Ultimately, the wind-breaking replaced shrieking. “At a certain point, Joaquin is just incapable of faking it,” Anderson told David Ansen in a recent interview. “He’s like Daniel [Day-Lewis], his level of concentration. He just got in character and stayed there — for three months he didn’t stop. Joaquin is very unpredictable. A lot of the time I didn’t know what he was going to do.”


Actors come to life when they collaborate with a director who allows them to live in the moment. “The Master” is one of the few films that is completely character-driven. But the term character-driven is a bit unfair because it implies that there’s a narrative vehicle that’s operated by the guiding hands of a protagonist. So “The Master” is more character-based than character-driven. It’s so character-based that nothing happens. This is, of course, a kind of hyperbole. Events take place, but there’s no conclusion. The film simply stops when the running time is over, but the ending is so enigmatic it’s irrelevant. The end result is that of a committed actor adrift within a character adrift within a movie.



The fact of the matter is that the first 20 minutes of “The Master” are flawless, the final 20 minutes should have been deleted without hesitation, and the 100 minutes in between contain about one dozen scenes that are so perfectly orchestrated they sting and intoxicate. Unfortunately, those dazzling snippets and sequences — Dodd quizzing Freddie in the dark, sharing side-by-side jail cells, taking turns riding a motorcycle into the distance, digging up the Master’s buried unpublished work — are slathered in a time-shifting molasses of extraneous shots. There’s so much fat that you feel too full and queasy to enjoy the meat.



The making of Anderson’s first three films receives a detailed account in Sharon Waxman’s fascinating Rebels on the Backlot. The first cut of his debut picture, “Hard Eight” (1996), was nearly two-and-and-half hours long. Producer Robert Jones called it “interminable.” Anderson response: “This is my cut. I’m not touching a frame.” In 2004, he told Waxman that Jones was right, referring to the whole debacle as “a mess of egos.”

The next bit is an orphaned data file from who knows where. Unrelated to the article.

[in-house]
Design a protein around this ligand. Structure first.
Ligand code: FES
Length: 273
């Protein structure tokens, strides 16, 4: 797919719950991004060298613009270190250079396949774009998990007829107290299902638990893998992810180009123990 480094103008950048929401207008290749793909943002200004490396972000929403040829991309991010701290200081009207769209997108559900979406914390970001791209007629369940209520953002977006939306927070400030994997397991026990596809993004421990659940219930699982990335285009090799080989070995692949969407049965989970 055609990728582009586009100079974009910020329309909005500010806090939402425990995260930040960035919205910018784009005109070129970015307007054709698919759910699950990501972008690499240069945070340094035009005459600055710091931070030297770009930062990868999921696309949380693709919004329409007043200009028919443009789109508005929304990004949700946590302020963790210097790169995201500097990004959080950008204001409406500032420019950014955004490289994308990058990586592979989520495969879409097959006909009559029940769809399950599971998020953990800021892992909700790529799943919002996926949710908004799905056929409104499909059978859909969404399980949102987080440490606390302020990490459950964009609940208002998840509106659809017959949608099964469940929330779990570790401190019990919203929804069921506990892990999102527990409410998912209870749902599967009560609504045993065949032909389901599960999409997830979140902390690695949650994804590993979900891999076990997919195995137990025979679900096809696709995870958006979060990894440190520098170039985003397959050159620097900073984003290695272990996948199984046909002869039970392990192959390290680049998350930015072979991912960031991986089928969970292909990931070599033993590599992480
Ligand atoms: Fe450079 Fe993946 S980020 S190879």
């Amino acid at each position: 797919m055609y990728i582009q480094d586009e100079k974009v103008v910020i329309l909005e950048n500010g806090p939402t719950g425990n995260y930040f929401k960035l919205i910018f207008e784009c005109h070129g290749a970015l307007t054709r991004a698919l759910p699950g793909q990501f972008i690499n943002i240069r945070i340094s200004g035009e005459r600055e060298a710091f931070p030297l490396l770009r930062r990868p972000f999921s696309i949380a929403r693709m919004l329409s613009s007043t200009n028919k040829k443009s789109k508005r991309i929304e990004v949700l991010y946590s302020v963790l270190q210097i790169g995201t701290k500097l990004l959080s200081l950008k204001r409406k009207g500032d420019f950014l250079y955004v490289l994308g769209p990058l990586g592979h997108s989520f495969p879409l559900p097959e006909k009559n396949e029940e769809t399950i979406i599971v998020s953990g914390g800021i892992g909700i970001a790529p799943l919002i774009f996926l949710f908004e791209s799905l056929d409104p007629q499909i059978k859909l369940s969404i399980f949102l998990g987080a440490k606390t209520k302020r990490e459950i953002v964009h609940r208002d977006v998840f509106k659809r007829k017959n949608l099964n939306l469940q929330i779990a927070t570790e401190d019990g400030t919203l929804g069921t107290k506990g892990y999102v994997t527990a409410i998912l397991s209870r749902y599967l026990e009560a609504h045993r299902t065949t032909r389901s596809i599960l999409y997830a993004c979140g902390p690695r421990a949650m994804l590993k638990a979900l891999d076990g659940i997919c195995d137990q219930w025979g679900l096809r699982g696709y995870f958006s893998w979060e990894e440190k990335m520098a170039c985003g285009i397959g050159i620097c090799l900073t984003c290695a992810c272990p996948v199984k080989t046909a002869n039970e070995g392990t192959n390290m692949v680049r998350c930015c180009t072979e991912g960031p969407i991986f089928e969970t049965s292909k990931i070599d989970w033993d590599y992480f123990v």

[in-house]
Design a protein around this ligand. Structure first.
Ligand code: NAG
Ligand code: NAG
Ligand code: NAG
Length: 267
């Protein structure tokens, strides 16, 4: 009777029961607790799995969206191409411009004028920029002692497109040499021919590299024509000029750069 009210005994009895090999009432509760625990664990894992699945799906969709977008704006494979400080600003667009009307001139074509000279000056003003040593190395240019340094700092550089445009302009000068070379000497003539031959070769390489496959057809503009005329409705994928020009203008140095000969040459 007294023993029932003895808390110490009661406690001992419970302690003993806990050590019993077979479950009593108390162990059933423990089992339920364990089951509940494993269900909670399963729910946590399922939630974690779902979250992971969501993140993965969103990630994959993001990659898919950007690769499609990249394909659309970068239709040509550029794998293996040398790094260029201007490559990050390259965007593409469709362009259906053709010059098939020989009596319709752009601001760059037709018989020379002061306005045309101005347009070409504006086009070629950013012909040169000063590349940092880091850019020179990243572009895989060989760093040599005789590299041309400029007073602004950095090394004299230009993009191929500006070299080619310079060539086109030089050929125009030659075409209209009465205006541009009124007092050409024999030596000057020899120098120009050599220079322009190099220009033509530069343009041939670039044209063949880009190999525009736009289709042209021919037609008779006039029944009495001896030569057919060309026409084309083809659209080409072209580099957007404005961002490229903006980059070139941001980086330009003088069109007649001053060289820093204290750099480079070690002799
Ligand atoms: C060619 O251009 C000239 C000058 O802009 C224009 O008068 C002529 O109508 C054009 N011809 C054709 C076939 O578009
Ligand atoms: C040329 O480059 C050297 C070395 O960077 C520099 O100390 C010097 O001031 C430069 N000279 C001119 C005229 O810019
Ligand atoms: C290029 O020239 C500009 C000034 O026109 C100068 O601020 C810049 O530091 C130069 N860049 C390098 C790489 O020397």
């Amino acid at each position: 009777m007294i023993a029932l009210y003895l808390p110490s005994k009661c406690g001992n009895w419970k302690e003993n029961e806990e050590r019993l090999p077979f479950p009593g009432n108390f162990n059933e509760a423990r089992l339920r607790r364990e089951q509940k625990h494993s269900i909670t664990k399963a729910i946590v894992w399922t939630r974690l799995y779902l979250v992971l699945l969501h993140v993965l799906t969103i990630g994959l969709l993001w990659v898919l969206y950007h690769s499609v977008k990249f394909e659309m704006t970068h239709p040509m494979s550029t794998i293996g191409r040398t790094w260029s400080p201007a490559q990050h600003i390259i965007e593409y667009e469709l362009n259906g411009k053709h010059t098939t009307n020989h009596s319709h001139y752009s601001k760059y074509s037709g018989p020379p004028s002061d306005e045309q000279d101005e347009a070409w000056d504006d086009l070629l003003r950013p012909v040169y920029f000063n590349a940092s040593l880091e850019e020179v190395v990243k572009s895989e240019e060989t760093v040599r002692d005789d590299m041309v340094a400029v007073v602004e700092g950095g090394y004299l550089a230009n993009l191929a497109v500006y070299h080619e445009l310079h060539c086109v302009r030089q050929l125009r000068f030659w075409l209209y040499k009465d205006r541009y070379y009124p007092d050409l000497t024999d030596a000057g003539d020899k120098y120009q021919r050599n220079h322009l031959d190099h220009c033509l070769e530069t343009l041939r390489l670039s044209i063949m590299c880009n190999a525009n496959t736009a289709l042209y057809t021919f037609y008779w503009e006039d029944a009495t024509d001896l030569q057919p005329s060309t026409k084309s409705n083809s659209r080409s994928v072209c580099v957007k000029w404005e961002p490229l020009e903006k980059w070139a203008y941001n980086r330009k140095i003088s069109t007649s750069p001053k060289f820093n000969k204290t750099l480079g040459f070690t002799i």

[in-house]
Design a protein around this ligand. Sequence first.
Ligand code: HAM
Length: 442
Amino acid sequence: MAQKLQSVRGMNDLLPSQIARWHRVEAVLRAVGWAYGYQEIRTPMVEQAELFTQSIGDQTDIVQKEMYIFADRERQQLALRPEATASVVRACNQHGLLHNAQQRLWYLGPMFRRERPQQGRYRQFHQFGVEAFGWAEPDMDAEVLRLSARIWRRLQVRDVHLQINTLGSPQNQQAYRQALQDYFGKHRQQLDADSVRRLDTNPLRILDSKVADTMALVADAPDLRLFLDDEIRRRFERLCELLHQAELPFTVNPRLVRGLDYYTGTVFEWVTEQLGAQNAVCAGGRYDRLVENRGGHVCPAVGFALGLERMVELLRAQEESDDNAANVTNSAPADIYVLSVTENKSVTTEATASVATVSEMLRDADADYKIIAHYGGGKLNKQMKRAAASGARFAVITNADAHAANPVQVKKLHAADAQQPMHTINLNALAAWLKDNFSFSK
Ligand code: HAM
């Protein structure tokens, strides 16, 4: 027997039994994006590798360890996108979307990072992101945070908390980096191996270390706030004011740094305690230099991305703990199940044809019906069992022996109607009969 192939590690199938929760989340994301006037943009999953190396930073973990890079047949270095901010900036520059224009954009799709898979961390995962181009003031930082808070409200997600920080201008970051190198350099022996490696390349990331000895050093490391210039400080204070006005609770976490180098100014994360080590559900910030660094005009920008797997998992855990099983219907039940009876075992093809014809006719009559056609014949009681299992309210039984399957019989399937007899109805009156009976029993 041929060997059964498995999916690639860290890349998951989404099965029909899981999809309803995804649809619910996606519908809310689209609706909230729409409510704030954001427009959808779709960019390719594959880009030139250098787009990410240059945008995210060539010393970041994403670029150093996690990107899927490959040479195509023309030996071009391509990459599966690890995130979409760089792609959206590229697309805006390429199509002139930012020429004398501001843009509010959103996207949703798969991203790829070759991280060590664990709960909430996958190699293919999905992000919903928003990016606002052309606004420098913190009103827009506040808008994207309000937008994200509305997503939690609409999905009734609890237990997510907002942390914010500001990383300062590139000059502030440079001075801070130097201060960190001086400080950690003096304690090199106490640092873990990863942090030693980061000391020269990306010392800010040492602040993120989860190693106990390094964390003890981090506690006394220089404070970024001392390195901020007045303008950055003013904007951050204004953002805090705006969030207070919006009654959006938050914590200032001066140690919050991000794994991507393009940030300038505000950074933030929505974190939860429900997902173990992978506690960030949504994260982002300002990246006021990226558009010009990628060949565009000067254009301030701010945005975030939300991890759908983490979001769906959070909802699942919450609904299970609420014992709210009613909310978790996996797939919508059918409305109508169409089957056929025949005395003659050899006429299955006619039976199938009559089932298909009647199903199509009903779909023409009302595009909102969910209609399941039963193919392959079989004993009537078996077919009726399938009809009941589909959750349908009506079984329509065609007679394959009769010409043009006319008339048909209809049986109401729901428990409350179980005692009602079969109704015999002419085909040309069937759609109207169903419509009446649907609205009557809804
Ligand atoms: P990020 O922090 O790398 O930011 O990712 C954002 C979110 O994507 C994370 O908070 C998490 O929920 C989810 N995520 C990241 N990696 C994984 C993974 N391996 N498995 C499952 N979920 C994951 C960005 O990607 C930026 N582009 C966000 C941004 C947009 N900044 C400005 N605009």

But the same scenario happened again when Anderson screened “Boogie Nights” for New Line executives. They were reportedly thrilled with the film, but with a running time of two hours and forty-five minutes it was just too long. After a tedious back and forth with the MPAA, it was ultimately trimmed down to 155-minutes. On the commentary track for “Boogie Nights,” Anderson acquits himself of the criticism of length: “There are people who say this movie is too long, and it might be, but the bottom line is that nobody has to watch [it] more than me....And the second you realize that you just go, I've got to entertain myself first, and maybe accidentally some other people will be entertained. I think that's the way to approach it.”


And that was exactly how he approached “Magnolia” when he presented the project to New Line’s Michael De Luca. “The script is 190 pages. The movie is three hours.” Anderson also held the trump card: final cut. In the behind the scenes documentary “That Moment: ‘Magnolia’ Diary,” actor William H. Macy recalls his first reaction to the massive screenplay. “I thought it was astounding. I went to Paul and I said, ‘It’s great, it’s great, it’s a little long.’ He goes, ‘You f**king c******ker! I’m not gonna cut one goddamn word of this thing!’ So then I talked to Julianne Moore. I said, ‘What’d you think of the script?’ She said, ‘Amazing. It’s a little long.’ I said did you tell Paul that?” She did. Anderson’s reply: ‘You f**king c******ker! I’m not gonna cut one goddamn word!’”


Running time is a significant aspect of Anderson’s style. Like Scorsese or Kubrick or Coppola or David Lynch, he paints upon large palates. And he possesses an extraordinary gift for manipulating cinematic time. “Magnolia” and “There Will Be Blood” don’t feel like three-hour films because there’s so much depth crammed into every corner. His two 90-minute movies feels longer than they actually are.


Anderson’s movies entrance and hypnotize, they induce a dream in the imagination of the viewer. Like “Mulholland Drive,” “Eraserhead,” “Inland Empire,” “The Shining” and “Eyes Wide Shut,” “The Master” maintains a steady, music-heavy tone of ominousness. By the end the scenes spill over into the surreal, and those are the moments that leave most audience members in the dust.



In “Magnolia,” frogs fell from the sky. “Punch-Drunk Love” climaxes with Barry transcending time and space to find his extortioner. “There Will Be Blood,” grounded and realistic, presents narrative curiosities that go answered. (Are Paul Sunday and Eli Sunday the same person? Anderson maintains a poker face.) These phantasmagorical elements are the manifestations of subtle themes. I’m not sure what motivates the abrupt jolts of surrealism that appear toward the end of “The Master.”